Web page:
When the viral load goes up, your T cell count goes down.
One of the reasons that HIV (human immunodeficiency virus) is so dangerous is because it attacks the body’s own immune system. As the virus replicates, it attacks immune cells that help the body fight off illnesses. The result? Simple infections could become life threatening.
Luckily, today’s HIV medications can prevent and reduce this damage to the immune system. The medicine used to treat HIV is called antiretroviral therapy, or ART.
HIV Viral Load and the Immune System
The way that ART works is by preventing HIV from replicating in the body, which helps keep the viral load low. Viral load refers to the amount of virus in the bloodstream. ART targets HIV to keep the viral load low. Without treatment, the viral load will continue to increase and may begin to affect the immune system.
The reason HIV specifically affects the immune system is because the virus attacks immune cells. To be exact, it attacks CD4 T cells. These cells normally help your body fight off infection. When you don’t have enough of these cells, you could have a hard time fighting off simple infections. You will also be more at risk of contracting infections like tuberculosis or gonorrhea.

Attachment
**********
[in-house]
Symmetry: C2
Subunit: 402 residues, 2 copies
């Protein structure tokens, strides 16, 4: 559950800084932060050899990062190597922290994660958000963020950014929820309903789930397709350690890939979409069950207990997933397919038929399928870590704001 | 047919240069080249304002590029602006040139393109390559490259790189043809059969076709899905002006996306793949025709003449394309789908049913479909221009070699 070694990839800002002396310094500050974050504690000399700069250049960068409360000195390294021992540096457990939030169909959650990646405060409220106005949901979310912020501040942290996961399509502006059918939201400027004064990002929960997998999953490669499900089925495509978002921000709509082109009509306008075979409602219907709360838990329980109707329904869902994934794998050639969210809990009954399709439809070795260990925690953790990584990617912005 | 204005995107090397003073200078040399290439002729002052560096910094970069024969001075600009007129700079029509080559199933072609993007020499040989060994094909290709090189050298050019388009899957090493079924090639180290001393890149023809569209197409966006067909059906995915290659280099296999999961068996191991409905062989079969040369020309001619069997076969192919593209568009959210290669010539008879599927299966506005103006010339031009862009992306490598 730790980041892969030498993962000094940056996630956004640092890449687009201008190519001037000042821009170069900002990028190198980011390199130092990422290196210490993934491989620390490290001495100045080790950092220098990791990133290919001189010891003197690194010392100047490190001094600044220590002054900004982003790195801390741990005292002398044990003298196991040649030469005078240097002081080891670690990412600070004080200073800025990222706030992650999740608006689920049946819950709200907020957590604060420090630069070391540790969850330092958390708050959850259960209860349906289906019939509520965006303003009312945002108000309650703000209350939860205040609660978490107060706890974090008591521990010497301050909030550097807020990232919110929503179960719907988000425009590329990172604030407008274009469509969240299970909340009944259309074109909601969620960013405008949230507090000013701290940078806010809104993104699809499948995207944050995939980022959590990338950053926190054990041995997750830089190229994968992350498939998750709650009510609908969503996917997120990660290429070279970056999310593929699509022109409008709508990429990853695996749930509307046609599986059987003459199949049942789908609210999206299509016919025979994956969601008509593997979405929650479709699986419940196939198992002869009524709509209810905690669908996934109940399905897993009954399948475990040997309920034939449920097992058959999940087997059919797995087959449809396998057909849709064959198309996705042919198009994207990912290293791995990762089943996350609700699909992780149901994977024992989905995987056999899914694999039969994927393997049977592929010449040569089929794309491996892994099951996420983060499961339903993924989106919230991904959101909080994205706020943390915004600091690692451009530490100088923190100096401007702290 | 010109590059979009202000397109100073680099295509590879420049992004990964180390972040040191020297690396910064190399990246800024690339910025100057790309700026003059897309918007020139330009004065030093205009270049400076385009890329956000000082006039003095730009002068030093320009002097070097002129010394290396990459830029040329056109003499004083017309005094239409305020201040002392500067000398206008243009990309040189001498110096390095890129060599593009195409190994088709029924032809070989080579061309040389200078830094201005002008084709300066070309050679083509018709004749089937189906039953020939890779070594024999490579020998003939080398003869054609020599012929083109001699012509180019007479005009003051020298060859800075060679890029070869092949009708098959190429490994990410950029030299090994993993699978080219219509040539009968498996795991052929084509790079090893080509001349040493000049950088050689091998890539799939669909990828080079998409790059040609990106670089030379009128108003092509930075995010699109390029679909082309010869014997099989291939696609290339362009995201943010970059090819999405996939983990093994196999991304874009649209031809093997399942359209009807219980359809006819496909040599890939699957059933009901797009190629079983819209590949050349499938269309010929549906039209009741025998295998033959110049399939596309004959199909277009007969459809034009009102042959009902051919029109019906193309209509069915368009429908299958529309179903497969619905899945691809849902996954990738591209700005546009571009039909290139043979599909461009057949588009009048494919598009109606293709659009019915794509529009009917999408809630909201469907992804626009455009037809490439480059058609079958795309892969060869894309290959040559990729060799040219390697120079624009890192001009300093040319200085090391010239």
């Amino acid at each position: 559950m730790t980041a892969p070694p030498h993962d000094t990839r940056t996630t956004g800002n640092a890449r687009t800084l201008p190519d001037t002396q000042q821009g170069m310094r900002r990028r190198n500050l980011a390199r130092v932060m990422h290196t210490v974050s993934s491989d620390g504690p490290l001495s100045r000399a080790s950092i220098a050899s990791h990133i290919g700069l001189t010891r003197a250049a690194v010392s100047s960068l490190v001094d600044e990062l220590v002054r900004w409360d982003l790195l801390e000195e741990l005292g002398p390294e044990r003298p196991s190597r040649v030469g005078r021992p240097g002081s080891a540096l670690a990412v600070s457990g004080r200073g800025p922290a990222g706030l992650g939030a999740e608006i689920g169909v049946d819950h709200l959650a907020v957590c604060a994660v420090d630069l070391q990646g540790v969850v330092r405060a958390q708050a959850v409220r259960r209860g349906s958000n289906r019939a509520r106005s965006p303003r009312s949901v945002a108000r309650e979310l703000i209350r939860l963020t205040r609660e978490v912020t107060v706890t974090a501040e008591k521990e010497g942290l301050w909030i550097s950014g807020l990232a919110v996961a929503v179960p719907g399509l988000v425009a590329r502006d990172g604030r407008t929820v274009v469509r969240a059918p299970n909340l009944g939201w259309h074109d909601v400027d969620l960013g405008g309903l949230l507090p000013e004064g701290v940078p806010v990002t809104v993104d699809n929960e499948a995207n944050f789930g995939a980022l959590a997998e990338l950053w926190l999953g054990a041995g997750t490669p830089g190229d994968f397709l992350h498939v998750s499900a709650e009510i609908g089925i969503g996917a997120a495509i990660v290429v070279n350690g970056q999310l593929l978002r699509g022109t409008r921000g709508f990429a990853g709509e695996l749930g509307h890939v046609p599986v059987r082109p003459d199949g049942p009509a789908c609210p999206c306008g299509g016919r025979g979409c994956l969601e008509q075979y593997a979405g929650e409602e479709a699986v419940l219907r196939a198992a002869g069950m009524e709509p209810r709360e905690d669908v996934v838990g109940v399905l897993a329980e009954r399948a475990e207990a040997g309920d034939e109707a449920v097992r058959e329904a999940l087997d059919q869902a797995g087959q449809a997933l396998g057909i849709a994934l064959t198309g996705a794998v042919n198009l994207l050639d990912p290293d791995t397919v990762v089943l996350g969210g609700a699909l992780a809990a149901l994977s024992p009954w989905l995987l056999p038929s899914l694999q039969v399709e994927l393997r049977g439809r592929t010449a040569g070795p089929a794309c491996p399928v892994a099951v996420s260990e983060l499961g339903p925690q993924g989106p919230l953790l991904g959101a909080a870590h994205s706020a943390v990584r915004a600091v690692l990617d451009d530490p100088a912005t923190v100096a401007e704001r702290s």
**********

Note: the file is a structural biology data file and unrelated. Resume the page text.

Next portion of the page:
Measuring Viral Load and CD4 Count
Generally, you can’t “feel” HIV in your body, and you can’t “feel” your treatment working. For this reason, your doctor will use regular blood tests to check your viral load and CD4 count. Here’s what your doctor is looking for:
- Viral load: If your HIV medication is working, your viral load should stay fairly low. When viral load is low, you have a low risk of the disease progressing or transmitting the infection to others.
- CD4 count: The goal is to keep the CD4 count around “normal” levels, which is above 500. This means you have normal levels of CD4 T cells, so your immune system is able to protect you against infections. Your CD4 count may go up and down slightly over time, but it’s a concern if it starts going up significantly. A CD4 count below 200 is classified as AIDS (acquired immunodeficiency syndrome).
If your viral load stays low, and your CD4 count remains steady, that means your HIV treatment is working to keep your immune system working normally. Otherwise, it may be time to change your treatment regimen, or to make sure you’re not making any treatment mistakes. Luckily, there is a wide range of HIV medications today, so if one doesn’t work for you, there is likely another one that will.
Stella A. Safo, MD, is an HIV primary care physician and assistant professor of Medicine at the Icahn School of Medicine at Mount Sinai Hospital.